Short-Comings of the Radar

Radar Spacing

While radar coverage is very good in central Alabama, there is still an inheirent problem with the radar when it comes to being able to analyze thunderstorms: the beams do not follow the curvature of the surface of Earth.

Take for example, a storm between the Birmingham (BMX) and Maxwell AFB (MXX) radars (see image to the right). If the storm is a good distance away from BMX, due to the fact that the radar beam is straight and doesn't follow the Earth's surface, the lowest elevation scan from BMX may only be able to "see" into the middle portion of the storm. If that same storm is closer to MXX, this will allow us to "look" into the lower portion of that same storm, possibly allowing us to detect a rotational cuplet closer to the Earth's surface. From this, we could infer that given the right circumstances, the formation of a tornado is possible.

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Beam Spreading
Images courtesy of NWS SRH Jetstream

While often depicted as a cone with distinct edges, the radar beam is better visualized much like that of ordinary household flashlights. In a darkened room take a flashlight and, while standing 10 feet away or more, shine it on a wall. You will notice the bright area around the center of the beam but will also notice you can see the brightness fade farther away from the beam's center point. You will also notice the width of the beam spreads or decreases as you move toward or away from the wall.

The beam of energy transmitted from the doppler radar is no different. A conical shaped beam is formed as the energy moves away from the radar. And it is near the center line of the beam where most of the energy is located with the energy decreasing away from the centerline.

 

By convention we define the width of the beam as the distance between the two half power points - the point where there is a 50% reduction in the radar's transmitted energy. For the 88D radar, the angle between the two half power points is one degree. Outside of the half power points, the energy rapidly decreases.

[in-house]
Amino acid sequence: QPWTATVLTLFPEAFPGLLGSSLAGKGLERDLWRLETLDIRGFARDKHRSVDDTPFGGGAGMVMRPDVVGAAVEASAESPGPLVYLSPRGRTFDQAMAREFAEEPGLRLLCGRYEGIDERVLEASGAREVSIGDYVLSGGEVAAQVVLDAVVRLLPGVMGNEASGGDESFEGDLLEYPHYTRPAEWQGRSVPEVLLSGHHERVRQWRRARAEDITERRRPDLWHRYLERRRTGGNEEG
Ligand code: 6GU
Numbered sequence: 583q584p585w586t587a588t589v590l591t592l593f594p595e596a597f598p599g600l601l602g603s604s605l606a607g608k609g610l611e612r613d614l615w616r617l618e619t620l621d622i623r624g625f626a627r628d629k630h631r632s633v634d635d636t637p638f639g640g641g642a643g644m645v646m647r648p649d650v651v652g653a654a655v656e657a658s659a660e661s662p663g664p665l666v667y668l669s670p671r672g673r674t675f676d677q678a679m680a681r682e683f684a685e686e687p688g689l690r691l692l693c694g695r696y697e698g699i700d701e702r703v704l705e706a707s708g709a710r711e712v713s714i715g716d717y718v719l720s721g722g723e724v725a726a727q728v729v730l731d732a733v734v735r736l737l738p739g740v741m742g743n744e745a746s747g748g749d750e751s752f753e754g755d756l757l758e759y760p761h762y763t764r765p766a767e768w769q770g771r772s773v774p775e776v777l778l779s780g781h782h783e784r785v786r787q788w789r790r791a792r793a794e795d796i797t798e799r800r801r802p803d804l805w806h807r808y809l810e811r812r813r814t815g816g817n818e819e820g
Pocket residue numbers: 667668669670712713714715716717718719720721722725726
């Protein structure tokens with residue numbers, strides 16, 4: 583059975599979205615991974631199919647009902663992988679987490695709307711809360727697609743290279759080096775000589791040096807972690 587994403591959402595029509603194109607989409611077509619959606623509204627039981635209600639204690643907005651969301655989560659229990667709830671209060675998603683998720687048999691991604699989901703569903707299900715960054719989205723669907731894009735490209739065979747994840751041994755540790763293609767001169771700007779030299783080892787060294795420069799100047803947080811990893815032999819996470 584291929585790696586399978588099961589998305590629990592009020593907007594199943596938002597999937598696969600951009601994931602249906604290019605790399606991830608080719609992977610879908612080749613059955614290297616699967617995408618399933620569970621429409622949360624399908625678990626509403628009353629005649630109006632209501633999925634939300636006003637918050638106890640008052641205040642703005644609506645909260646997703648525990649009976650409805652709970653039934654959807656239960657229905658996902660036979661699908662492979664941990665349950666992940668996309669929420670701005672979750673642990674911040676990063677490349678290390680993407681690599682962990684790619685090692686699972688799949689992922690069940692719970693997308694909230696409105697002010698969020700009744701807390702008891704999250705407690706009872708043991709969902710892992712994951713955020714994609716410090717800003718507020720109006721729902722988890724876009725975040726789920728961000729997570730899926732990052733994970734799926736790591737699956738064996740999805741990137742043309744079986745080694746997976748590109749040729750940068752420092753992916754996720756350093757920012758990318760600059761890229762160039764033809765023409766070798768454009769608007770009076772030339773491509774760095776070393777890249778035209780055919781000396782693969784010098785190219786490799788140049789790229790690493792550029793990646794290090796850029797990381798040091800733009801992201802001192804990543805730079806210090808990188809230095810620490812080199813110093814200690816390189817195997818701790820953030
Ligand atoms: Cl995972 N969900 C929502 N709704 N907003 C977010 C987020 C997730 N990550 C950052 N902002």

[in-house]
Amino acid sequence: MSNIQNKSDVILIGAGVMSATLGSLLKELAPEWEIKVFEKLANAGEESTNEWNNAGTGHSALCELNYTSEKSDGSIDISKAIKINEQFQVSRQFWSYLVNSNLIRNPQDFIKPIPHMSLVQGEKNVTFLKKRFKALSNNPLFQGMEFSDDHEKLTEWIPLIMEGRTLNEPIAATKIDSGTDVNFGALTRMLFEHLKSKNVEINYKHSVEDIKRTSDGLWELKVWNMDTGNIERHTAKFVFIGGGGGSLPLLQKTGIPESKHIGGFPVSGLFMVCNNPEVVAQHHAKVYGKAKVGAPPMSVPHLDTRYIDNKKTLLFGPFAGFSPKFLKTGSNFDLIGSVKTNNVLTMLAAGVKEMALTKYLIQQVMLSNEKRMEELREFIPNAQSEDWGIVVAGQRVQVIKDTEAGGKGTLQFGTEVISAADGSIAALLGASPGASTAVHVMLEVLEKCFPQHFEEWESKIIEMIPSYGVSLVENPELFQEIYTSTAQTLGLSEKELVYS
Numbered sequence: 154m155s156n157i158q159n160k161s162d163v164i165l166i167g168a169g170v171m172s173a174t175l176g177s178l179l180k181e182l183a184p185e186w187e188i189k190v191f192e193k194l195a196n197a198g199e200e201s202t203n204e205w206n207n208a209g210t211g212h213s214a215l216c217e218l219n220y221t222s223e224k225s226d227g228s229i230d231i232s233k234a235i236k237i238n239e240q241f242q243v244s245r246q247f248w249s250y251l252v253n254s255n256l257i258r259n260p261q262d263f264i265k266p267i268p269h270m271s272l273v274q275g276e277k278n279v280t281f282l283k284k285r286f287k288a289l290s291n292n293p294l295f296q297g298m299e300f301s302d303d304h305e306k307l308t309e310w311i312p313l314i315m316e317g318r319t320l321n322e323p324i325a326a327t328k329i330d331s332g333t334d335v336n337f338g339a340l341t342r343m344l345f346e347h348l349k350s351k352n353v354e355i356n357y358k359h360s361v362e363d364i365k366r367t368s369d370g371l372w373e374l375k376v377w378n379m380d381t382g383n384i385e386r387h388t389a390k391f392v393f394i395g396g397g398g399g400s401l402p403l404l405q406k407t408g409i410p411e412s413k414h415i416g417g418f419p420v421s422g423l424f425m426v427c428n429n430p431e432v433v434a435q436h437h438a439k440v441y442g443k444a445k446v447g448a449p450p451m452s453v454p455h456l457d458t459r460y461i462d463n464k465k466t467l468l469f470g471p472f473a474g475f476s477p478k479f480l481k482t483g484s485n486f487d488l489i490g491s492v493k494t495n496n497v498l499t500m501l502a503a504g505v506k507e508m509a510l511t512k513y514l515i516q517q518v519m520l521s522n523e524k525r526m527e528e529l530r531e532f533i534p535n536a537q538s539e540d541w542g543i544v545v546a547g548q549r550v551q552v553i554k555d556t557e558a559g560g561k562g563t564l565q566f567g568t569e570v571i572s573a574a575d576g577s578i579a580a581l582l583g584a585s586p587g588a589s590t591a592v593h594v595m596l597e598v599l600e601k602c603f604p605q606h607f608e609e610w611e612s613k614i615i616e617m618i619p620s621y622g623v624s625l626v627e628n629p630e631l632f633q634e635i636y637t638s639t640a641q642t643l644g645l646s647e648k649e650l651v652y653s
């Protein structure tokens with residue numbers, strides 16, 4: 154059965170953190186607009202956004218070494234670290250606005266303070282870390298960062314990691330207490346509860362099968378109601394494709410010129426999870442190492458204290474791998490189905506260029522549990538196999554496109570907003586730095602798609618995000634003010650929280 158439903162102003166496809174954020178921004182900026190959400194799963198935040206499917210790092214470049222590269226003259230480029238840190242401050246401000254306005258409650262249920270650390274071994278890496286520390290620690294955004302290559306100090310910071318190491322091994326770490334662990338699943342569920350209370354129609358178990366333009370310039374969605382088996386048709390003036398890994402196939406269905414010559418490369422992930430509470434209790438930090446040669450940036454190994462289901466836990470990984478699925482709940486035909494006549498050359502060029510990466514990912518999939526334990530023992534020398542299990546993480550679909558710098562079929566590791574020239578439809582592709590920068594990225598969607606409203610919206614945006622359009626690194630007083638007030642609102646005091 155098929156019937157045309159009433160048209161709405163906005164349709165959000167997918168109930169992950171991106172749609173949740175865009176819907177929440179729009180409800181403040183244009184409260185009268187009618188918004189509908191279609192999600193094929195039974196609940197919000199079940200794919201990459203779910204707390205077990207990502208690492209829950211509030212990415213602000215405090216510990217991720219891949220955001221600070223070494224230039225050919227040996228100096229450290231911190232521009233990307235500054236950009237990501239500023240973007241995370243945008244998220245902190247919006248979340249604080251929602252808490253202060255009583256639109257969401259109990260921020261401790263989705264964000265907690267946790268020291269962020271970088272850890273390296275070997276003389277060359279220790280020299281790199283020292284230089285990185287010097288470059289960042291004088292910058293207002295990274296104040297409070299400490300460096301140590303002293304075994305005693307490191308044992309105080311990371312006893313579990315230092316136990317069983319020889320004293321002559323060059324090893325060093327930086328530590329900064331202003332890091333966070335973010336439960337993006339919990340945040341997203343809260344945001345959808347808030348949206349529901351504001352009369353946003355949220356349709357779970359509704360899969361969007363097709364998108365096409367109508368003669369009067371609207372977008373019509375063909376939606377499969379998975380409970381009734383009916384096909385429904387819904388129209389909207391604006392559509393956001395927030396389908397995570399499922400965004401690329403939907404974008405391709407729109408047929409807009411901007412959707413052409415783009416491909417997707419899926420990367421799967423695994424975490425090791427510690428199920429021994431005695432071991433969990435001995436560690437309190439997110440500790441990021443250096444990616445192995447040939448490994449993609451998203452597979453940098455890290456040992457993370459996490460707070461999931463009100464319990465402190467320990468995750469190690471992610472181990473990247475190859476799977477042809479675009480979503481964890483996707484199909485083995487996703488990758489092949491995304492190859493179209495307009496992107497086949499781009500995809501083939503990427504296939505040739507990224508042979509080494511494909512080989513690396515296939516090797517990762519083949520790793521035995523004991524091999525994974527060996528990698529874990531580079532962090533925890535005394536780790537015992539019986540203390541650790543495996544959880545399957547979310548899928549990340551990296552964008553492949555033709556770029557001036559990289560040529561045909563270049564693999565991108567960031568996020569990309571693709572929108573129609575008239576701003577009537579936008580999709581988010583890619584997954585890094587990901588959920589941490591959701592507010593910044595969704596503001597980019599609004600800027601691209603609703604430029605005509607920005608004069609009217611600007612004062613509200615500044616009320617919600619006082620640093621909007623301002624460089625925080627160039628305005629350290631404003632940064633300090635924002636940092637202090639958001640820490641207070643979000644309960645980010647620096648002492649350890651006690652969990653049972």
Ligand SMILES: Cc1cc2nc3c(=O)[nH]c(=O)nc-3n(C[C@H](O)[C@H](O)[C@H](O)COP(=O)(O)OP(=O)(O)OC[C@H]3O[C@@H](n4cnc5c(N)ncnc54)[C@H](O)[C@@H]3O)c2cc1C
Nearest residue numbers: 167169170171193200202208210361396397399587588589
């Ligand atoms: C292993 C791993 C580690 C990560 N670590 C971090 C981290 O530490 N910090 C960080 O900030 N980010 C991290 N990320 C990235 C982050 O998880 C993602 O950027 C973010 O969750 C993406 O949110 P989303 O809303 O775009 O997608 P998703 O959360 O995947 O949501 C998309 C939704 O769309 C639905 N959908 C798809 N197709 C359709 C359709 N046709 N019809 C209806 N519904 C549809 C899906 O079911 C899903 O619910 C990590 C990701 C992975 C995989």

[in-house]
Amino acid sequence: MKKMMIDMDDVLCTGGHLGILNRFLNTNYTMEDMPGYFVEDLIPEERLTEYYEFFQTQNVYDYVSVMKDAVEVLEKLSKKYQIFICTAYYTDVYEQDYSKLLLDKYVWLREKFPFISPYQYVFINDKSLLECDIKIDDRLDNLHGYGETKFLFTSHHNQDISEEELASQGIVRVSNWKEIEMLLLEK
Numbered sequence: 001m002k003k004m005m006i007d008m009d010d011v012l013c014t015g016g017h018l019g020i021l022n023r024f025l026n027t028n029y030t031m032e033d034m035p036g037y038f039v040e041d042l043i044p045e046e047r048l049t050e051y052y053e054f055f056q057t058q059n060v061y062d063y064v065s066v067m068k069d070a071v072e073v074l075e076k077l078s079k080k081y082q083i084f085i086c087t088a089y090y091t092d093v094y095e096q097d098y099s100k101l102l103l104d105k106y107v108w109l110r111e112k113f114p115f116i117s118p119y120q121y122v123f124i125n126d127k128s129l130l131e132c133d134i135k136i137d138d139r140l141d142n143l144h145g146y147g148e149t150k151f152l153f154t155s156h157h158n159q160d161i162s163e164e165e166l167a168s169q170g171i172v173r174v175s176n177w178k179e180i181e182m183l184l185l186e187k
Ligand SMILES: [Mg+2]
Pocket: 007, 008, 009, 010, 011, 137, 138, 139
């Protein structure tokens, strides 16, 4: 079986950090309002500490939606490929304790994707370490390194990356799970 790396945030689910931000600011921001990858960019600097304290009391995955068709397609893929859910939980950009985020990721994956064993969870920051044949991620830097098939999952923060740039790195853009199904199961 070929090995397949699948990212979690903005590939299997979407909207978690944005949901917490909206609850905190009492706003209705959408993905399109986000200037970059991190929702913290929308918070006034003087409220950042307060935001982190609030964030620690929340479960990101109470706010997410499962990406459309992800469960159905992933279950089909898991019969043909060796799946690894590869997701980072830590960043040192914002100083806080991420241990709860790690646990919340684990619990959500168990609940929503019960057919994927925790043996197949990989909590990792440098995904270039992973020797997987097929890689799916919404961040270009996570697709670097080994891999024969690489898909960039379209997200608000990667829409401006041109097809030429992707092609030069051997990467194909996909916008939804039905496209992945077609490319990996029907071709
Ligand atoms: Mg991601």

It is easy then to see that the actual physical width of the radar beam depends upon the distance to the radar. The width of the beam expands at a rate of almost 1000 feet for every 10 miles of travel. At 30 miles from the radar, the beam is approximately 3,000 feet wide. At 60 miles, the beam is about 6,000 feet wide. At 120 miles the beam is nearly 12,000 feet or over two miles wide.

While often depicted as a cone with distinct edges, the radar beam is better visualized much like that of ordinary household flashlights. In a darkened room take a flashlight and, while standing 10 feet away or more, shine it on a wall. You will notice the bright area around the center of the beam but will also notice you can see the brightness fade farther away from the beam's center point. You will also notice the width of the beam spreads or decreases as you move toward or away from the wall.

The beam of energy transmitted from the doppler radar is no different. A conical shaped beam is formed as the energy moves away from the radar. And it is near the center line of the beam where most of the energy is located with the energy decreasing away from the centerline.

 

Refraction
Images courtesy of NWS SRH Jetstream

In addition to beam spreading, the beam also does not travel in a straight line. The beam is bent due to differences in atmospheric density. These density differences, caused by variations in temperature, moisture, and pressure, occur in both the vertical and horizontal directions and affect the speed and direction of the radar beam.

The more dense the atmosphere the slower the beam travels. Conversely, the less dense the atmosphere the faster the beam travels. These changes in density can occur over very small distances so it is common for the beam, as it spreads, to be in areas of different densities at the same time. The beam will bend in the direction of the slower portion of the wave.

The atmospheric density naturally decreases with increasing elevation and is primarily due to the decrease in air molecules, and consequently air pressure, as elevation increases. This means the top portion of a beam in the atmosphere can move faster than the bottom portion. Under normal atmospheric conditions, when there is a gradual decrease of pressure, temperature, and humidity with height, a radar beam's curvature is slightly less than the earth's curvature.

However, atmospheric conditions are never normal. If the decrease in density with height is more than normal (the actual density is less than normal) then the beam bends less than normal and climbs excessively skyward. This phenomenon is known as subrefraction . Subrefraction causes the radar to overshoot objects that would normally be detected. Distant thunderstorms might not be detected with subrefraction as well as under reporting the intensity as the beam hits only the top portion of the thunderstorm cloud.

Conversely, if the decrease in density with height is less than normal (the actual density is greater than normal) then the beam bends more than normal and is curved more toward the earth's surface. This phenomenon is called superrefraction . Superrefraction causes the radar beam to be closer to the earth's surface than what would occur in a normal atmosphere. This can lead to overestimating the strength of a thunderstorm as the beam would be detecting more of the core of the storm versus the weaker upper levels.

If the atmospheric condition that causes superrefraction bends the beam equal to or more than the earth's curvature then a condition called ducting, or trapping, occurs. Ducting often leads to false echoes also known as anomalous propagation or simply AP.

 


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